Review: 12 Years a Slave

The best film about the tragedy of American slavery I’ve ever seen.

By Max Weiss | October 23, 2013, 12:13 pm


Review: 12 Years a Slave

The best film about the tragedy of American slavery I’ve ever seen.

By Max Weiss | October 23, 2013, 12:13 pm

In the year 1841, Solomon Northrop (Chewetel Ejiofor) is living in Saratoga, NY with his wife and two children. He is a violinist, an upstanding member of the community. He is not completely impervious to the nearby horrors of slavery—a curious slave sees Solomon shopping in a general store, wanders in, only to be excoriated by his master—but it’s something happening to other men, in other parts of the country, less educated men, not men like him.

One fateful day, he agrees to take a job as a traveling musician, but it’s all a ruse. He’s drugged and sold into slavery. Solomon’s hell is not just that he’s been enslaved, but that his erudition, his very status as a free man, must be kept secret from his masters, who will sooner beat him to death than allow him to put on supposed airs. Against all instinct, he must learn to somehow bide his time, blend in, while secretly searching for a way to reclaim his freedom.

Yes, the film is based on a true story.

When I was a young girl I saw the wide-reaching and educational mini series Roots and it had a profound effect on me, as it did for many of my generation. But in a way, by focusing on the plight of a single man, 12 Years a Slave packs even more of a visceral wallop.

Director Steve McQueen gets in close—at times impossibly, unflinchingly close—so that we feel every threat, every humiliation along with Solomon. And Ejiofor is just remarkable as a man whose survival instinct is strong enough to see that he must suppress his pride and his anger and simply . . . wait.

In the film, Solomon has two masters. The first, named Ford (Benedict Cumberbatch), is the “good” master—at least he doesn’t treat his slaves with cruelty. There’s compassion, although it’s the kind of compassion one might have for a beloved pet, not a fellow human being.

When he arrives at Ford’s plantation, Solomon watches, with horror, as a mother (Kelsey Scott) is separated from her two small children. She is wailing, inconsolable. Ford’s wife (Liza J. Bennet) observes her with mild pity, then says something along the lines of: “Poor thing. But she’ll forget about her children soon.”

The idea that this grief sick woman would ever “forget” her children is absurd—but one of the film’s key observations about human nature. This is how people could justify their own inhumanity—by seeing the slaves as less than human, somehow less capable of things like maternal love.

One of Ford’s plantation hands (Paul Dano), is threatened by Solomon’s obvious intelligence and the favor he has managed to curry with Ford. It all spills out in a vicious assault that leaves Solomon with no choice but to defend himself. As punishment, he is strung up to be lynched, but given a last minute reprieve. So instead of being hung, he’s left dangling, too high to plant his feet, two tip-toes dancing on the ground his only means to stay alive, for hour after hour, as life on the plantation continues around him apace. It is truly one of the most chilling images I’ve ever seen on film.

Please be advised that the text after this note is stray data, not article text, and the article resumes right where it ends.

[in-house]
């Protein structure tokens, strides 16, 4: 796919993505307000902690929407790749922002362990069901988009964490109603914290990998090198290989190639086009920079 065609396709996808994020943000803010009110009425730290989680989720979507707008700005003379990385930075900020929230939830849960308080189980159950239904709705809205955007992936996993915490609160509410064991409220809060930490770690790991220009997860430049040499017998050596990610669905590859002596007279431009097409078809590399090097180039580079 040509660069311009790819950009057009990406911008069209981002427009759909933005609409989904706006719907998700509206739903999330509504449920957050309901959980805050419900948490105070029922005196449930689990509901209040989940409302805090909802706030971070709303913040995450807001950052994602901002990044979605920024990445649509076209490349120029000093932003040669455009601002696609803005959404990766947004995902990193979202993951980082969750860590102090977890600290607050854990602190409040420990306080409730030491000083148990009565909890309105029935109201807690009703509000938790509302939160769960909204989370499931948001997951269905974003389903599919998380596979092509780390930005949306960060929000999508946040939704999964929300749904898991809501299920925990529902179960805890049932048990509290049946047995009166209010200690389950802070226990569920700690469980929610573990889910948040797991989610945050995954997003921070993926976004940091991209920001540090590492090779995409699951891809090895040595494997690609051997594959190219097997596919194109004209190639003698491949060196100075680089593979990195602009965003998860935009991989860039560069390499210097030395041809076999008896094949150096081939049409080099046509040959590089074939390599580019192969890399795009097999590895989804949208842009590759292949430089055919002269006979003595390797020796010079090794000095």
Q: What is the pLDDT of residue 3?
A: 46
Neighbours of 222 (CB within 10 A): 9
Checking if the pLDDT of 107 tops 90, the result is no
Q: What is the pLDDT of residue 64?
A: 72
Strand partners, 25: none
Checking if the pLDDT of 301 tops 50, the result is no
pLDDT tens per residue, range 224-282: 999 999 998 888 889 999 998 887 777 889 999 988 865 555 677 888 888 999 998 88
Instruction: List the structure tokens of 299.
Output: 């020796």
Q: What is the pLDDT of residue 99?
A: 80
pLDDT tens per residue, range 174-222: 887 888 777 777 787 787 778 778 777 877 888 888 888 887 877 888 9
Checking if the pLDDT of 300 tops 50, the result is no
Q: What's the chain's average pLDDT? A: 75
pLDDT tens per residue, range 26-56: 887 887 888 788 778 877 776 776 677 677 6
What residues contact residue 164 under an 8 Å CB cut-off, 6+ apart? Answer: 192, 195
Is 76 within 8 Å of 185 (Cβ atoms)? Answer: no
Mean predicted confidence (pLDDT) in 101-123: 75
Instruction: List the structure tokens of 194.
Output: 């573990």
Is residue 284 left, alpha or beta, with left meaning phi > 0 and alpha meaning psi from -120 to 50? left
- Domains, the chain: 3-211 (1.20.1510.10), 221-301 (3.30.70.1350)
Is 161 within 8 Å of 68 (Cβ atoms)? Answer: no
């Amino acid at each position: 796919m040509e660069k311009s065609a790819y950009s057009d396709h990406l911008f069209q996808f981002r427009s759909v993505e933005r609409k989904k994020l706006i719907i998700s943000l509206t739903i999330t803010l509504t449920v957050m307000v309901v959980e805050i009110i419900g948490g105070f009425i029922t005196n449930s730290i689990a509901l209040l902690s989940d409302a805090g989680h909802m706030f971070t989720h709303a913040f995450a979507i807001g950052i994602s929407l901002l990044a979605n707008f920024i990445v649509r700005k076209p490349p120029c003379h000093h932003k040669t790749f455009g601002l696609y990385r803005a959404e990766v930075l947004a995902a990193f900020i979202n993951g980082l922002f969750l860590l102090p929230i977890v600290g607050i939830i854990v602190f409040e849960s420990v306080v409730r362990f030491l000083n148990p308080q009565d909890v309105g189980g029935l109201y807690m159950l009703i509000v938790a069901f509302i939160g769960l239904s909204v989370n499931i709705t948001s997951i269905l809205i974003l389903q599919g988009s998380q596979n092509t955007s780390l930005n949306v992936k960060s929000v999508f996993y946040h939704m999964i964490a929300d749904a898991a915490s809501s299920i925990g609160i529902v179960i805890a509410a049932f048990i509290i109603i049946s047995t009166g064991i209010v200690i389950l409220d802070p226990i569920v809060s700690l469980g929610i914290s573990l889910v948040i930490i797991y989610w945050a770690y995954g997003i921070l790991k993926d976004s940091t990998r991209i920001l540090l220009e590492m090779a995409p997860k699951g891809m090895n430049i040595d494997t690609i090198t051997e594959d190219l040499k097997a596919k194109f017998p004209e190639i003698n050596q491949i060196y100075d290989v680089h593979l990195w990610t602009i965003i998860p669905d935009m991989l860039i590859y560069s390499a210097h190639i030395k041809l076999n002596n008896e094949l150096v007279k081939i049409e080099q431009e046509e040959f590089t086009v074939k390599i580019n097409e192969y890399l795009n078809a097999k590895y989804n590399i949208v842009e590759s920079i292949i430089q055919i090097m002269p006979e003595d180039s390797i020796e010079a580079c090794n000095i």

After that, staying on Ford’s plantation is no longer tenable, so Solomon is sold to another slave owner, Epps (Michael Fassbender)—and, inconceivably, his life is about to get even worse. Because Epps is not just your garden variety slave owner, he’s a full on sociopath, with a quick temper, a fragile ego, and an obsessive and dangerous lust for his prize slave Patsey (an astonishing Lupita Nyong’o). Epps’ wife (excellent Sarah Paulson) is aware of this dangerous obsession and, instead of seeing this poor girl as a victim of her husband’s rape, perceives her as a harpy and a threat.

We also meet the cynical Mistress Shaw (Alfre Woodard), the mistress of a plantation owner, who has managed a comfortable life as a kept woman, as all around her, fellows slaves suffer ongoing trials. The film doesn’t judge Mistress Shaw, but merely sees her as another adaptor and survivor.

My admiration for this truly great film (and current Oscar frontrunner) is slightly mired by two things. For one, I’m not sure if we needed to feel every lash of the whip on Solomon or Patsey’s back, or if we needed to see the horror of every objectification and assault etched on their faces. (As I said, McQueen never met a close-up he didn’t love.) Sometimes, suggestion is even more powerful than representation.

Also, I was more interested in the compromised immorality of Cumberbatch’s Ford than the full on sociopathy of Fassbender’s Epps (the banality of evil is always more intriguing to me). We spend more time with Epps than Ford—I would’ve personally preferred the opposite.

But what the film may lack in restraint it more than makes up for in stirring performances, haunting imagery, and an unforgettable story of perseverance, human dignity, and survival.

12 Years a Slave is best film about the tragedy of American slavery I’ve ever seen. Or to put it another way: It’s the worst film about the tragedy of American slavery I’ve ever seen.

Meet The Author

Max Weiss is the editor-in-chief of Baltimore and a film and pop culture critic.

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